Letters  from the Past

"The poor wife of a Militiaman — Scotland, 1808 "

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This letter is addressed to "Mr. Brown from Long Island at Mr. H. McDond Buchanan's on(e) of the Clerks of Session Edinburgh", with an added note "In Mr Brown's absence to be opened by Mr H. Mcd Buch'n".

There are four postal markings :-
1) Inverness circular mileage mark 651
2) circular 3-line date stamp in red ink for Edinburgh AP 21 A. 1808, the ‘A’ being the identifying letter of the handstamp.
3) the original charge mark ‘11’ rate crossed out with three lines. This has been replaced with
4) another ‘11’. This is the correct rate of 11 pence, as Inverness is 651 miles from London, and Edinburgh is 395, so the difference is 256 miles and from 1805-1812 the rate for a distance of between 230 and 300 miles was 11d.

There seems to be no reason for the original 11 to be crossed out and then replaced, but it is possible that there was some confusion as to whether the postage would have to be paid as it was addressed to the Court of Session, and therefore may have been considered to be ‘official’ mail.

So now to the contents of the letter written by Captain John Grant, the Adjutant of the 10th Inverness, Banff, Elgin & Nairn Militia which was formed in 1804. It is a responsible attempt by an officer trying to sort out the financial circumstances for one of his soldiers.(Fig.2 part of the letter)

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I was surprised that the wife should have had a different surname from her husband at that time. However, I have been advised that it was a common custom in Scotland.

"Inverness 17th April 1808
Sir
I am induced to apply to you in this manner in behalf of a poor Woman now residing with the Parish of South Uist, named Mary McAulay and the Wife of a Richard Morrison soldier 10th or Inverness-shire Regt of Militia, who forwarded to this place a Certificate entitling herself and one child to the County Allowance granted to the Wives of Militia men, which she ought to have received from 24th Nov 1806 but from the Certificate not being (as required) signed by a proprietor or tenant worth not less than £20, along with the Minister of the Parish who have signed it very irregularly, the money cannot be recovered, it is therefore requested that in order to be the means of procuring this poor Woman her just claim, you will be pleased on receipt of this to transmit to me here a certificate as per the annexed sample which I hope will have the desired effect.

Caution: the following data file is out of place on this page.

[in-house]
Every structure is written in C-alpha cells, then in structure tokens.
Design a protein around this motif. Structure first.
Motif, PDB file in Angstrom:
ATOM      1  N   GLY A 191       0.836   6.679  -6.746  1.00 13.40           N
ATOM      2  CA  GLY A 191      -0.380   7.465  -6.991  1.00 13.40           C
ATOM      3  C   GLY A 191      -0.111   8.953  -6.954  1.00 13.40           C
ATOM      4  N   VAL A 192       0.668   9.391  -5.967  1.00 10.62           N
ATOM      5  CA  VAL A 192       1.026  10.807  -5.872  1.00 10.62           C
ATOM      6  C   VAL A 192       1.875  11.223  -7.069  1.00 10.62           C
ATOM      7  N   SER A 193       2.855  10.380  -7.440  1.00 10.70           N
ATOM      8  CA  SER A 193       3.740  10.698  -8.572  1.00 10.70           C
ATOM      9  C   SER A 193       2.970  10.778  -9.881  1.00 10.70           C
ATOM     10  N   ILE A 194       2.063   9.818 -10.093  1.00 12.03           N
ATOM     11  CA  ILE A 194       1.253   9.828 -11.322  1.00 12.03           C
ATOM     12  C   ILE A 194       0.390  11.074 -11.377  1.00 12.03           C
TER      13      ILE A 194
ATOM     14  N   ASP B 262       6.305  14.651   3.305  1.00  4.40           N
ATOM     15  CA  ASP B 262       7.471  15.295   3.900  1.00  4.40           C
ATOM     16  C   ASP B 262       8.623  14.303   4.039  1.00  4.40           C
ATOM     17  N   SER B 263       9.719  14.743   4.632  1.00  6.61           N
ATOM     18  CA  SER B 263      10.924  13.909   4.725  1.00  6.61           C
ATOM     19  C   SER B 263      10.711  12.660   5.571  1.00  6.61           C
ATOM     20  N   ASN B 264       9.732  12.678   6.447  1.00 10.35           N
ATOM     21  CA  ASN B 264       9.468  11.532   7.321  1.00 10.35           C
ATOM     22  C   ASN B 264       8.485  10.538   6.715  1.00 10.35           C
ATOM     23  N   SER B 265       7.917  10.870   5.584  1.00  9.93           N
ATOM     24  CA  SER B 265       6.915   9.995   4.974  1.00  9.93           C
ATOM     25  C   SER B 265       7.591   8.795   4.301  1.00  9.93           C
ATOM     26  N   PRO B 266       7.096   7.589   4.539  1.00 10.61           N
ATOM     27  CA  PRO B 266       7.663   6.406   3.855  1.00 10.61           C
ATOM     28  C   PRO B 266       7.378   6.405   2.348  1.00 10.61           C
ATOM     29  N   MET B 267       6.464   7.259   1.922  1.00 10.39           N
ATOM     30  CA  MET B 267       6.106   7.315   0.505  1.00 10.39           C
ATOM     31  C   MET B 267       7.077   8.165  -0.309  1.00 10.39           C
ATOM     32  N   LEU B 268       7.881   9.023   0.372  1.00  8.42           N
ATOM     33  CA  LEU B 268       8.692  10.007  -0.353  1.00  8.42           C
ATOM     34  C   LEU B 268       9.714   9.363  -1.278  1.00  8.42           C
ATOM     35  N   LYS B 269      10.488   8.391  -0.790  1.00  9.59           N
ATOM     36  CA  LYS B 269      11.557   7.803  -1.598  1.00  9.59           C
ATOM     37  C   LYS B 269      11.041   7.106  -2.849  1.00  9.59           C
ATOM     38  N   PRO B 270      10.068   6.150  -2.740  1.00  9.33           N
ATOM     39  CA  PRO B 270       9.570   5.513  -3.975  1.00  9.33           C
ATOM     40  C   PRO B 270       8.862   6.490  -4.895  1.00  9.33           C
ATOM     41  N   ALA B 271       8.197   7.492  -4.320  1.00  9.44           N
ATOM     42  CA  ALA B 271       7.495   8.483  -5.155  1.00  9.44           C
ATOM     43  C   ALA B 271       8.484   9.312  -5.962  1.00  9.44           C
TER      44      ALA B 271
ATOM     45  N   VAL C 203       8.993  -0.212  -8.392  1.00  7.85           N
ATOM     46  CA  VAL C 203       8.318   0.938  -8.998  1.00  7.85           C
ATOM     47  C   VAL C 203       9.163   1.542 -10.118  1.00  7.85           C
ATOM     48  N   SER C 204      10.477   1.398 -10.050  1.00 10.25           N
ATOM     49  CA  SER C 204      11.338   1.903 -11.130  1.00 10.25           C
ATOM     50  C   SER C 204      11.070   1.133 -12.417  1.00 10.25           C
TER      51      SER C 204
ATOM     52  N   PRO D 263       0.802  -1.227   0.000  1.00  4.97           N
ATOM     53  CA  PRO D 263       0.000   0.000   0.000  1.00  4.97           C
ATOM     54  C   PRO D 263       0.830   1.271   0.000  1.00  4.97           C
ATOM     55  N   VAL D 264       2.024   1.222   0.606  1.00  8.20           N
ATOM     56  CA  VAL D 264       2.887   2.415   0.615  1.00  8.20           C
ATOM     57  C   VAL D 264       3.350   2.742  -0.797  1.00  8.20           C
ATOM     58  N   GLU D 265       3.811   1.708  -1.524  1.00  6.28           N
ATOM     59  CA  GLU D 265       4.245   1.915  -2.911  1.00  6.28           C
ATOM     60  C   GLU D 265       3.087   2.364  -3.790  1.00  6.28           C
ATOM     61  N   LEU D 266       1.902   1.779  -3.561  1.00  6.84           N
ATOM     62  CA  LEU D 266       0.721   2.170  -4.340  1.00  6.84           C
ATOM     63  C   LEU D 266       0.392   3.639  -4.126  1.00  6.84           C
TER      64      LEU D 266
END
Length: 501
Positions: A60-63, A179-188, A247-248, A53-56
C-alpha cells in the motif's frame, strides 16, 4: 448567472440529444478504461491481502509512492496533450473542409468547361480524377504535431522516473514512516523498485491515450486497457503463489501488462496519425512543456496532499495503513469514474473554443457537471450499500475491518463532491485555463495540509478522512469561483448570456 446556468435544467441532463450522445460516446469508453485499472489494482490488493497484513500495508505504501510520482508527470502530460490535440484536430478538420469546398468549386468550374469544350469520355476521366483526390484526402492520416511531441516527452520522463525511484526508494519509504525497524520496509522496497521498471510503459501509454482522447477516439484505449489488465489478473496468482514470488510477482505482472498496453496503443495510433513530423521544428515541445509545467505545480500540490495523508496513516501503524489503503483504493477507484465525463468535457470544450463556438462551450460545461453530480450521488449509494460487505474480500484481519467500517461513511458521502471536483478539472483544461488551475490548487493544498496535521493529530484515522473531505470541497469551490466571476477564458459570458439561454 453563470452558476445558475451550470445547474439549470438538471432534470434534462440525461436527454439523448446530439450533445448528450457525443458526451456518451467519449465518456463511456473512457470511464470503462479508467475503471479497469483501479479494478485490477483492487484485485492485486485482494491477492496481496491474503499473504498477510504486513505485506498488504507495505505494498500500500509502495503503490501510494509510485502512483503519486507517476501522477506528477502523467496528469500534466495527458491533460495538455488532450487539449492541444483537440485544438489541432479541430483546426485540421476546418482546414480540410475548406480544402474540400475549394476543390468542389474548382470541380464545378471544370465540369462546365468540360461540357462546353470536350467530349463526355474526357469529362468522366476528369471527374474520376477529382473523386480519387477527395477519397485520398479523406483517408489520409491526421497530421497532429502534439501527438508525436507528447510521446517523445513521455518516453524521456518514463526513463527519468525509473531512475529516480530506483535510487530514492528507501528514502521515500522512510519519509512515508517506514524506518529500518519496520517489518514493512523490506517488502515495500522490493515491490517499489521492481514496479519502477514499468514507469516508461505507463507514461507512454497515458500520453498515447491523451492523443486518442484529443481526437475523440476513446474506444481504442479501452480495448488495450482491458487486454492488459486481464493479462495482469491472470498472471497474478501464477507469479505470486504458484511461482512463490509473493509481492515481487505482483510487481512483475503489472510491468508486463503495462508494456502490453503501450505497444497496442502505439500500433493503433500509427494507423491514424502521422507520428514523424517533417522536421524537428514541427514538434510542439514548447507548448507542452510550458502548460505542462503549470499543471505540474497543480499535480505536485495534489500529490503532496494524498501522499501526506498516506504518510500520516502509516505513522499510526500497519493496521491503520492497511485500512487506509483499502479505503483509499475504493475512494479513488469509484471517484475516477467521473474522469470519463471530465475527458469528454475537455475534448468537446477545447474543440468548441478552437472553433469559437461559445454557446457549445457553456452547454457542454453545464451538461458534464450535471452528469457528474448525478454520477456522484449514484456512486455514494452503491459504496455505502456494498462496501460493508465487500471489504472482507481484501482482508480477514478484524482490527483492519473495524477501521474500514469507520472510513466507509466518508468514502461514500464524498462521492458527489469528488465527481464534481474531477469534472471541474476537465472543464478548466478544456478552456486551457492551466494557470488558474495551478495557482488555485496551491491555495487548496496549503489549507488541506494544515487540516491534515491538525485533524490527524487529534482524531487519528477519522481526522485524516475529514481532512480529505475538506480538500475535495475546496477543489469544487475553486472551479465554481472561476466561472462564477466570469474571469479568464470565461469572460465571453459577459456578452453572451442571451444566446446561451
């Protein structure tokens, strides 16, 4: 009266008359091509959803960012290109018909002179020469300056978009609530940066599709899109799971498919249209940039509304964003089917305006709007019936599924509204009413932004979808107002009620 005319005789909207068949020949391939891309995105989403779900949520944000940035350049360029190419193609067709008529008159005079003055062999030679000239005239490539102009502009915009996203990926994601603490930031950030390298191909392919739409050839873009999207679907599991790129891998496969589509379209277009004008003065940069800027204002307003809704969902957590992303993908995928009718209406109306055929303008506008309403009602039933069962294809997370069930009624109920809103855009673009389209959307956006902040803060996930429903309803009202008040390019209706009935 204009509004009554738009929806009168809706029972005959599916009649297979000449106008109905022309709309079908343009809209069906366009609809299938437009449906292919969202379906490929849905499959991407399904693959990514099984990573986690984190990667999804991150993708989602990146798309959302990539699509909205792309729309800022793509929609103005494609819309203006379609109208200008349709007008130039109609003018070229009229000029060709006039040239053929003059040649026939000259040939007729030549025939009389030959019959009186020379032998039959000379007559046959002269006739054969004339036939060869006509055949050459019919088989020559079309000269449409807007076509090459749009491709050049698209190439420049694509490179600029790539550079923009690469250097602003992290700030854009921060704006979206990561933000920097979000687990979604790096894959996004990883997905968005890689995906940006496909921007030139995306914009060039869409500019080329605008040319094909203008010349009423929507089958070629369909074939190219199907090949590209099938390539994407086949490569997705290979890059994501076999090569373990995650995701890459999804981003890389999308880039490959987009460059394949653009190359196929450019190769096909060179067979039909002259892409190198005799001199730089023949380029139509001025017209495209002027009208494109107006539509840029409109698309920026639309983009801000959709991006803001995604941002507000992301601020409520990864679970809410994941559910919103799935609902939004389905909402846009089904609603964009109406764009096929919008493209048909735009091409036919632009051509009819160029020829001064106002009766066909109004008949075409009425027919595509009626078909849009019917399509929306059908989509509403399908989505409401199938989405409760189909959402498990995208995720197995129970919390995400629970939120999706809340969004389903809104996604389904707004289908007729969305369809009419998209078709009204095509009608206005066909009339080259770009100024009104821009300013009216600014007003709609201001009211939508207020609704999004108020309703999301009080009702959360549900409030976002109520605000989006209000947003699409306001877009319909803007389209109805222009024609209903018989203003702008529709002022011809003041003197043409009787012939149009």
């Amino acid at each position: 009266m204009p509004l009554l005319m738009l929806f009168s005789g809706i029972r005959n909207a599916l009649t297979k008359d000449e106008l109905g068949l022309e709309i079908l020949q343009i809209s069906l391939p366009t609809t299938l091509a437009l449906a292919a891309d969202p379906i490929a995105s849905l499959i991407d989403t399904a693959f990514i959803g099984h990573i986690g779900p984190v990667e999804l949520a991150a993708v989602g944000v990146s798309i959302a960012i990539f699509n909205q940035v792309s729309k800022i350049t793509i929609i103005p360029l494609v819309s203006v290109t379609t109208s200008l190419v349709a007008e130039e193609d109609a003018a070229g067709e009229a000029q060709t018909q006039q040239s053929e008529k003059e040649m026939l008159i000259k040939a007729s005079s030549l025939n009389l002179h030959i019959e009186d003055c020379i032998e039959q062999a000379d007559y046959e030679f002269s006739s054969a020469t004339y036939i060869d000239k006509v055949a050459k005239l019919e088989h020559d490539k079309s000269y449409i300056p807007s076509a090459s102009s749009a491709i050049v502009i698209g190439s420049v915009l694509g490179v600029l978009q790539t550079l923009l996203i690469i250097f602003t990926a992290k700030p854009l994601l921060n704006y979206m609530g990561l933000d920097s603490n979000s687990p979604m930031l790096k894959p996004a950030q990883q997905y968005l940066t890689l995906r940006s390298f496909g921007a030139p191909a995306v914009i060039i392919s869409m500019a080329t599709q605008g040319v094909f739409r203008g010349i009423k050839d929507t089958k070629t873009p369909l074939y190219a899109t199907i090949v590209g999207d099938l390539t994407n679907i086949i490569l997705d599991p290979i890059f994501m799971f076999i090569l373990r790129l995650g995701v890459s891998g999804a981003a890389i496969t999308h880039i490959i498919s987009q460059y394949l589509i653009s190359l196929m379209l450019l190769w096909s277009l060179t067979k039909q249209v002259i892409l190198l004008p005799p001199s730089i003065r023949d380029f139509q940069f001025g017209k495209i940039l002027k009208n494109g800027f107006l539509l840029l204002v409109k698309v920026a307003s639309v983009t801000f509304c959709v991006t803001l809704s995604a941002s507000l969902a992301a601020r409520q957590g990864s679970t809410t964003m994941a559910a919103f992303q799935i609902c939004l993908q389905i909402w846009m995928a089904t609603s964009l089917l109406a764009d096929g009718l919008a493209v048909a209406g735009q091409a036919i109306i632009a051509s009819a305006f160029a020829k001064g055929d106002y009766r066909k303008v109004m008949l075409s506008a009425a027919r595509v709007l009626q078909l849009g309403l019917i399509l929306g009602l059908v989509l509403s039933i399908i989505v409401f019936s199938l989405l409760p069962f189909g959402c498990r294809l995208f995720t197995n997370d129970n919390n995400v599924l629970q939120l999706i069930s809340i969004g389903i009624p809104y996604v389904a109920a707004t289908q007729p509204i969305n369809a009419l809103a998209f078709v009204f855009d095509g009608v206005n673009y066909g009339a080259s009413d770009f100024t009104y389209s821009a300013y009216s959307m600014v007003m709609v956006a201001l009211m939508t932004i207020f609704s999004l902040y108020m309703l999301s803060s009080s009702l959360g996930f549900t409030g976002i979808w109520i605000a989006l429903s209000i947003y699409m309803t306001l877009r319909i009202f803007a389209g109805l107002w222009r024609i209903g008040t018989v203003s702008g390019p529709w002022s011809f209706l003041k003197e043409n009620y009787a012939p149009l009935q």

I am Sir
Your mst ob & hb Servant
John Grant, Capt Adjt Militia"
He then added an instruction as to how the certificate should be written

COPY

I — --- — ---- do hereby certify that Mary McAulay, wife of Richard Morrison soldier Inverness-Shire Militia, having one child under ten years of Age, born in Lawfull Wedlock, & having her residence at Coltinish(*) in the Parish of S. Uist is unable to maintain herself and family by reason of poverty

Signed — ---- — ----


Note (*) This is actually CALTERNISH in the atlas, so Captain Grant may not have known the place, and only heard it spoken, and wrote it phonetically. He was obviously a conscientious officer and realised that his request would have to be dealt with urgently so tried to cover all the possibilities, by adding a postscript.

"P.S.
Should this letter happen to be opened by Mr. H. McDond Buchanan it is requested he will have the goodness to Act for Mr. Brown in forwarding the Certificate as required as it will equally answer with Mr. Brown."


The letter is a comment on the times, that this poor wife was unable to support herself and her child while her husband was in the Militia. The fact that she was not being paid the approved allowance only because the forms had been filled in incorrectly must have made her life really hard. Red tape and bureaucracy do not change over the years.
This article was first published in Stamp News the Australian monthly magazine.

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